December 2014: Understand and Celebrate Winter Across the Curriculum

Winter-Related Resources in the Core Subject Areas

The word “winter” creates different images for each of us. Some think of sledding, hot chocolate, and navigating snowy roads. Others remember gray skies, reading by the fire, or just being cold. Whether you love winter or really dislike everything about it, there are many opportunities to use icurio’s resources to help your students understand and celebrate the season with winter-related resources in the core subject areas.

Elementary – Exploring Seasons

  • Get Ready for Winter – This non-fiction reading passage and question set from ReadWorks introduces the topic of hibernation and explains what animals do to survive the winter. The resource includes a question set and answer key.
  • Math is Fun: The Seasons – Help your students discover the reason it gets cold in a resource about the seasons. The explanation includes a wonderful animation of the Earth’s tilt and rotation around the sun and how that affects the weather.
  • The Ice and Snow Book – Students will enjoy reading this eBook about fun activities that they can do in the winter. Audio is available so students can listen as they read along.

Middle – Solstice, Symmetry and a Snowy Evening, Oh My!

  • CK-12: Seasons – What is an Equinox? What is a Solstice? Students will extend their knowledge about the reason for the change in seasons by using an in-depth resource from CK-12.
  • Khan Academy: Snowflakes, Starflakes, and Swirlflakes – How about using paper snowflakes when discussing symmetry? This video from Khan Academy will help students understand the concept even better.
  • HistoryLink.org: Wellington Avalanche – Sometimes winter can turn deadly. Students can read historical accounts of the worst avalanche in the history of the United States during the winter of 1910.
  • Stopping by Woods on a Snowy Evening – This became one of the most beloved poems of American poet Robert Frost. Find information about the poet, student questions. And visit this PBS resource for a reading of the poem by Frost himself.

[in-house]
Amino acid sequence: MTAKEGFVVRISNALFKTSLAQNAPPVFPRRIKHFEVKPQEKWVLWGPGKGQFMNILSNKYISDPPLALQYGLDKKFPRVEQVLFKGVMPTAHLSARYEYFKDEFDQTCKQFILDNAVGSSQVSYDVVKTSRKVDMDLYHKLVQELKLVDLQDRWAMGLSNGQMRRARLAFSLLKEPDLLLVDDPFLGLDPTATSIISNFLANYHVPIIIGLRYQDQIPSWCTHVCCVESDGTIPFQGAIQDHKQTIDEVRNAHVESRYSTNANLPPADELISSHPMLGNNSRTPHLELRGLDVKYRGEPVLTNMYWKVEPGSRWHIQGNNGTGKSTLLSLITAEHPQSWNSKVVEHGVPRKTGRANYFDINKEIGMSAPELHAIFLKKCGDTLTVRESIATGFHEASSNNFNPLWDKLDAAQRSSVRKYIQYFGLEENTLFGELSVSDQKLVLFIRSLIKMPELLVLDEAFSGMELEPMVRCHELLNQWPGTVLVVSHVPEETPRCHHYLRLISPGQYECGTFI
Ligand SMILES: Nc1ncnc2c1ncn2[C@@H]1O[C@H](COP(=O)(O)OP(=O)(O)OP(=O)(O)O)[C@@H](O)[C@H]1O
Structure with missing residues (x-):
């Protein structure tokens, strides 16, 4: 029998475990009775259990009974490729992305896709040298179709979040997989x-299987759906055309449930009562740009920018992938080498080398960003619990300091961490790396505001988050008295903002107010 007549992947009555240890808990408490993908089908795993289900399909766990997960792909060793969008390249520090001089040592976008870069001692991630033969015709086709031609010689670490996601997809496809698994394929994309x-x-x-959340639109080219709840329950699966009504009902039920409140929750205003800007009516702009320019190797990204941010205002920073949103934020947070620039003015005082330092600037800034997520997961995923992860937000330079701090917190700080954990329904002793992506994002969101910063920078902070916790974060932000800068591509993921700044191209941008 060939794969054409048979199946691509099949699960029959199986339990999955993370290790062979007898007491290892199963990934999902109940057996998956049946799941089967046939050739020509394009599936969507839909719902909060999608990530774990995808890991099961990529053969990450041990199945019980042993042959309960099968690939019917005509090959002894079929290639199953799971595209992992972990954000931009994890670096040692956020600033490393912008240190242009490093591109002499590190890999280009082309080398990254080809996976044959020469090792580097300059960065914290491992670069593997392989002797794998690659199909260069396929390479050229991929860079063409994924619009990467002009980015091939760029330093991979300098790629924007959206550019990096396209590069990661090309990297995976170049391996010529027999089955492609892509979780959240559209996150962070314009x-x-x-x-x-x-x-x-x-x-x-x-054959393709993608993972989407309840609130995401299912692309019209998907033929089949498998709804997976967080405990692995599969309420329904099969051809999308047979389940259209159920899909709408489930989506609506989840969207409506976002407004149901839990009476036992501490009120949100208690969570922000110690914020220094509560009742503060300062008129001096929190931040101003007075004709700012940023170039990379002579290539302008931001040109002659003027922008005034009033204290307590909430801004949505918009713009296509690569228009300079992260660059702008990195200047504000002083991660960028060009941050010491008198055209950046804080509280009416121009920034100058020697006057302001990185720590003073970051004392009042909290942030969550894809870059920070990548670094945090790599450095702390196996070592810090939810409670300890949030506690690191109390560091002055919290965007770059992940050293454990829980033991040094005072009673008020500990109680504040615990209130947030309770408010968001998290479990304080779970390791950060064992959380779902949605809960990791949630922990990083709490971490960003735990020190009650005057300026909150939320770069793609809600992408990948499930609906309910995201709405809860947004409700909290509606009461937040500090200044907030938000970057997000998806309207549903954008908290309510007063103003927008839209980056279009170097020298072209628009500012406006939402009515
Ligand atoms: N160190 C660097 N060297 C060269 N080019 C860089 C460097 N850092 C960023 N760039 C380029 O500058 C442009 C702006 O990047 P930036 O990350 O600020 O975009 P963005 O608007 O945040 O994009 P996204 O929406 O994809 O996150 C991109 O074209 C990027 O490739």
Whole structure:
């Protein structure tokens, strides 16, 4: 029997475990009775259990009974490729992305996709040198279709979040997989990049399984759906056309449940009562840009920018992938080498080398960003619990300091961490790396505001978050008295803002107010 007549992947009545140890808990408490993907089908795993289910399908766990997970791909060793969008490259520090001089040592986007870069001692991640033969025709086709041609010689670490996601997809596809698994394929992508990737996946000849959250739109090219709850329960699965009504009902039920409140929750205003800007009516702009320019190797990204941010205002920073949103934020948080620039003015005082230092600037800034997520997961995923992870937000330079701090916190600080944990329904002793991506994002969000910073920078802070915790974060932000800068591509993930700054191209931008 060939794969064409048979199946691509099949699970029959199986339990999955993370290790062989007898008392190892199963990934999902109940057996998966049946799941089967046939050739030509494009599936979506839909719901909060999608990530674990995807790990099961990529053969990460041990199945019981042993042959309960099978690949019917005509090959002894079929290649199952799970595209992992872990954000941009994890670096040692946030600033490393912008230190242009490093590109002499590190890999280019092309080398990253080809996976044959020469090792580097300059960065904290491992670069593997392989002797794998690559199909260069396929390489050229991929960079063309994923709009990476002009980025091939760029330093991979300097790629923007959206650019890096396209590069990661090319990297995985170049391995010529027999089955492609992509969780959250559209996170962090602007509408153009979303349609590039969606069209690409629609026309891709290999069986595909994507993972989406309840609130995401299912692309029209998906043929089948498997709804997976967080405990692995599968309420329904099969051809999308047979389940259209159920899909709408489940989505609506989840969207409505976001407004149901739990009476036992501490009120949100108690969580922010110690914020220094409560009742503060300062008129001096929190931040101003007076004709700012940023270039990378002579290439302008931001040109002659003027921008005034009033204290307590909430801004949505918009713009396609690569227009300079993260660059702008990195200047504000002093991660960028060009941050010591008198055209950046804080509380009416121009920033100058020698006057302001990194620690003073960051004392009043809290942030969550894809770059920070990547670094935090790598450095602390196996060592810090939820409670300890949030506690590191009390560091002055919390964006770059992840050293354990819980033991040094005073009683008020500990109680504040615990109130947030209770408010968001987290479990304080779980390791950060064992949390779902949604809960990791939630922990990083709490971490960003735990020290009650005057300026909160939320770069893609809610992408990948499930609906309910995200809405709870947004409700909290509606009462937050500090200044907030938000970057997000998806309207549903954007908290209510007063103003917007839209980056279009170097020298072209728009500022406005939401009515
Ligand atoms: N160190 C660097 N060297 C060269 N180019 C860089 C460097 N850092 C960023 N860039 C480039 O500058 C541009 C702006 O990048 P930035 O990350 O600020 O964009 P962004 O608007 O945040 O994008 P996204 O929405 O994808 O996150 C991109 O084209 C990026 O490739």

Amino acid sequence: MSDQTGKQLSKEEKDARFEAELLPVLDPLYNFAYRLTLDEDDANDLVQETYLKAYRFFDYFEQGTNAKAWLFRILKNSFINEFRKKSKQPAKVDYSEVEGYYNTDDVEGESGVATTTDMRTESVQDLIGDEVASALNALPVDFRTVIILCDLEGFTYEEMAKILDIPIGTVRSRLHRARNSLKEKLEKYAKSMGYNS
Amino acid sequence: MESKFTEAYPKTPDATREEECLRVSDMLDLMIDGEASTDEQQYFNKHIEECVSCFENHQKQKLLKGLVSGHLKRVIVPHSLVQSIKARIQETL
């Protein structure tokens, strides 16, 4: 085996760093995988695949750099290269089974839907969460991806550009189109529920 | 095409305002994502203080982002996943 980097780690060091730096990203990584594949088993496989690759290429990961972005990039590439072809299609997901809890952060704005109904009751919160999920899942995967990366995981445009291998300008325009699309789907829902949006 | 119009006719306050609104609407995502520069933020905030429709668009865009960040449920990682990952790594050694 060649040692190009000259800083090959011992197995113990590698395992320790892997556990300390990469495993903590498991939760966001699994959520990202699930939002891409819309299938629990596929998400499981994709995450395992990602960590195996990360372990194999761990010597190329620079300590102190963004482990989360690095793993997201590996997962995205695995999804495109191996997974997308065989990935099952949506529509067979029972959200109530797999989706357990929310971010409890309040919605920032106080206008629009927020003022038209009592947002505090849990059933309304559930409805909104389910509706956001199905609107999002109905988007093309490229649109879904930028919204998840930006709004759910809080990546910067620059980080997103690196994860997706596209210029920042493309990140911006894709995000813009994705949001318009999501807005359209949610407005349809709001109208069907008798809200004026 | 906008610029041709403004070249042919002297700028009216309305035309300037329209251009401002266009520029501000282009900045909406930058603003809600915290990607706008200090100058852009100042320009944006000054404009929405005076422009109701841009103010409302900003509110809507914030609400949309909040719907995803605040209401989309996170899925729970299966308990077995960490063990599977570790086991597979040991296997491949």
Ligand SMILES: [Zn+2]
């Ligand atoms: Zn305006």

High – Winter Across the Subjects

  • Smithsonian Institute: Lakota Winter Counts – Have you or your students ever read about the Lakota Sioux winter counts? Learn what the winter counts contain and how different winter counts document the same events in this resource guide.
  • PBS Freedom: A History of US – Extreme winter conditions? It would be harder to get more extreme than the conditions faced by the patriots at Valley Forge during the winter of 1777-1778. Use these resources to help students understand the extreme challenges that were faced by the people who were fighting for our independence.
  • How is Artificial Snow Made – Sometimes warm weather prevents snow from occurring where it needs to be. Enter the creation of artificial snow. The following chemistry video shows students how it’s done.
  • Science of the Winter Olympics – Ever wonder what kind of calculations go into the making of an Olympic athlete? This video resource will explain how math is used to help athletes in the winter Olympics get their gold!

Find these winter resources and more in icurio with the keyword search: December Newsletter.

December 2014: Resources to Bring the Wonders of Winter into Your Lessons

Winter’s Wonders